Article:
Several dirt roads provide access to the valley. Most visitors tour the valley by following a 60-mile loop that begins at River Ford (on Hwy 24 about 11.7 miles east of the visitor center). The loop follows the Hartnet Road to the Caineville Wash Road and then returns back to Hwy 24 just west of Caineville (18.6 miles east of the visitor center).
You need a high-clearance vehicle to drive the loop, but four-wheel drive is usually not necessary. Roads may become impassible when wet. The area receives little precipitation (rain or snow) but always check the forecast before heading into the area. The loop receives light traffic during the summer and infrequent traffic during winter, so carry emergency supplies and be prepared for anything.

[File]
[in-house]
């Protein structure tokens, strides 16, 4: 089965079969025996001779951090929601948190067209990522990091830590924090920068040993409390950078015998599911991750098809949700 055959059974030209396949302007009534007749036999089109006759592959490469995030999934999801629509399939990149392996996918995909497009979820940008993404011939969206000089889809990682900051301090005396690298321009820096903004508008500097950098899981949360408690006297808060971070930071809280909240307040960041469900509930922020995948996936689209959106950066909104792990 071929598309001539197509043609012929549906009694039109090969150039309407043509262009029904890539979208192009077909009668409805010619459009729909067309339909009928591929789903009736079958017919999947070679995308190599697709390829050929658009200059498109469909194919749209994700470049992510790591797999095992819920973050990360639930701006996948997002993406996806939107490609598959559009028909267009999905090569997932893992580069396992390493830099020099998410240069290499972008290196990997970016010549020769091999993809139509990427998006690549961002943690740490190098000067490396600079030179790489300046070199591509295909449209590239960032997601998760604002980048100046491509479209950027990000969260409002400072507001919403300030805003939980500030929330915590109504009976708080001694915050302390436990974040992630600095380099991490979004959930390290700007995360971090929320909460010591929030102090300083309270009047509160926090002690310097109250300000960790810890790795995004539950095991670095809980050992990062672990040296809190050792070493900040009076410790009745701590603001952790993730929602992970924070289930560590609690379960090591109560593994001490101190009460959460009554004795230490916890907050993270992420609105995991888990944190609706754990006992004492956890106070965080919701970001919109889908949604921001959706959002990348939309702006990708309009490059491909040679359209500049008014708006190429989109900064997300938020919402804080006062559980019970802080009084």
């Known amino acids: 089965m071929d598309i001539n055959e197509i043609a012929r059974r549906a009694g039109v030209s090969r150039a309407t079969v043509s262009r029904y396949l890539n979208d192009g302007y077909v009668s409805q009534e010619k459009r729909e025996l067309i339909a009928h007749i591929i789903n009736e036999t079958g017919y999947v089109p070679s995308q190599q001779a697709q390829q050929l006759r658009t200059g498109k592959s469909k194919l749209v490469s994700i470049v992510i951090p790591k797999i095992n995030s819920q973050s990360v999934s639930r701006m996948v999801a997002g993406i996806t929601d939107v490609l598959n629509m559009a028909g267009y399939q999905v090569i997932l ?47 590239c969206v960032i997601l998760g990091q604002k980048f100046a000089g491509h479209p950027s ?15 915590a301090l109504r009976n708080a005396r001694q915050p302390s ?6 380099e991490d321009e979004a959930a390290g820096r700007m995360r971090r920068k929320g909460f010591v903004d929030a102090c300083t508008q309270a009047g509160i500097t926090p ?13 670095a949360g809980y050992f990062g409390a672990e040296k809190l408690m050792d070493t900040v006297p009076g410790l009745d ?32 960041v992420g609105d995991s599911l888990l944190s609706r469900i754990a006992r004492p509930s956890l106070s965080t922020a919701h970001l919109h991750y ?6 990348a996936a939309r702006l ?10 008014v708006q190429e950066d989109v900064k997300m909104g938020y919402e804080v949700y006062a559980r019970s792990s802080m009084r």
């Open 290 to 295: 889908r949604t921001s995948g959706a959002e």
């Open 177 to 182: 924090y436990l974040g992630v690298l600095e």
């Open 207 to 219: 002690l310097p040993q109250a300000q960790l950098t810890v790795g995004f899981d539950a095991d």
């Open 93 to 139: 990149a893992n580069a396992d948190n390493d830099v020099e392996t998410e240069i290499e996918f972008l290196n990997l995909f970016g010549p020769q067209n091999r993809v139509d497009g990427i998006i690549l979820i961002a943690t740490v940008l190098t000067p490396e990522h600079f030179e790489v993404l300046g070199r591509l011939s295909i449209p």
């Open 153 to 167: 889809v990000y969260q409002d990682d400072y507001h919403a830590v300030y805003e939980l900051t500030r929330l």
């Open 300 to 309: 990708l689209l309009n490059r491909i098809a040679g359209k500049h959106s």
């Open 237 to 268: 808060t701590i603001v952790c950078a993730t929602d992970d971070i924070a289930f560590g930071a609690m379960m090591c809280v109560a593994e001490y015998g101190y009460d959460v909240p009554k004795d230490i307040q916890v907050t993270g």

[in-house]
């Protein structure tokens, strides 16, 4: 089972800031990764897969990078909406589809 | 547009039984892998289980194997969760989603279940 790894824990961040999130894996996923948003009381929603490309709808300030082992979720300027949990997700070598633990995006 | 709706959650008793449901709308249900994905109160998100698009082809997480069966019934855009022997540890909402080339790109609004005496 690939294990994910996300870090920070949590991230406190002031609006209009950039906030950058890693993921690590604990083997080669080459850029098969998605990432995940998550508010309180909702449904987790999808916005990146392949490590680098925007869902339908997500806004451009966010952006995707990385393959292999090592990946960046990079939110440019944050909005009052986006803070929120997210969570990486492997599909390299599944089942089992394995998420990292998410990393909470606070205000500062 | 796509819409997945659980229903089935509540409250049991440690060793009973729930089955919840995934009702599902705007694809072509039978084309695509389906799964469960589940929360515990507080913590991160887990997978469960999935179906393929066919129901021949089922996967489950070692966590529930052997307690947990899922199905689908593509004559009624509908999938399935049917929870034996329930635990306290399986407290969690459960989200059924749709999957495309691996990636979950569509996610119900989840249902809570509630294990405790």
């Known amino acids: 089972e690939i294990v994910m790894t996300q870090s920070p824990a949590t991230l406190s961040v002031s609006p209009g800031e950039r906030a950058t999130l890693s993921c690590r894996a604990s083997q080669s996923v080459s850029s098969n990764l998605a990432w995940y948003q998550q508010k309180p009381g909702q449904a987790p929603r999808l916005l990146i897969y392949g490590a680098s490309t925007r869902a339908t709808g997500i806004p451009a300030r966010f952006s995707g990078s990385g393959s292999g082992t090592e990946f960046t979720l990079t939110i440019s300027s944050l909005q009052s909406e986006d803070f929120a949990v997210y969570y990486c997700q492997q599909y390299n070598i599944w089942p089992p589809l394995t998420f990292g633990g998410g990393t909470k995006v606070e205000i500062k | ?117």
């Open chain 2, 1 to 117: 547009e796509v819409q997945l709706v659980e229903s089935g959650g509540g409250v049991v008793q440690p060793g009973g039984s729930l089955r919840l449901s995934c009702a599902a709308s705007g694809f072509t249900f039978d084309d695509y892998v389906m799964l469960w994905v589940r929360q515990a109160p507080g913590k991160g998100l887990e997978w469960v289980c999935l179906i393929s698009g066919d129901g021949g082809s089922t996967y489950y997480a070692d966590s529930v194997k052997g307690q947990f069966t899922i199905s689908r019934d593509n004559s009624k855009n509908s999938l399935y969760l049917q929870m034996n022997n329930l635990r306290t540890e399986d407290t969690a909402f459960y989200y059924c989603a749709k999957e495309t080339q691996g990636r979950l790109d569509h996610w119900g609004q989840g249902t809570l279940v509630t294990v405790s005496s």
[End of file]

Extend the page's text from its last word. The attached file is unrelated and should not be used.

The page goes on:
The remoteness of the area is a key attraction. Many days you may not see another person or vehicle as you make the loop. You can find solitude here with little difficulty.
The desert hillsides have been painted with a rainbow of colors. Interesting rock formations are visible at every turn. Several rock and mineral specimens can be found here but rock collecting is prohibited inside the national park.
A large sinkhole has formed in a gypsum deposit a short drive off the loop road. The sinkhole is interesting to look at from a distance but is a dangerous place to explore. Travelers are prohibited from approaching the hole.
You can also enter or exit Cathedral valley via a dirt road that up climbs Thousand Lake Mountain to the west, or by one that extends up to I-70 on the north.
Daytime temperatures in the valley my reach the upper 90s during the heat of summer. Winter days are usually sunny and mid but can be cold during stormy weather. Winter nighttime temperatures usually fall below freezing.
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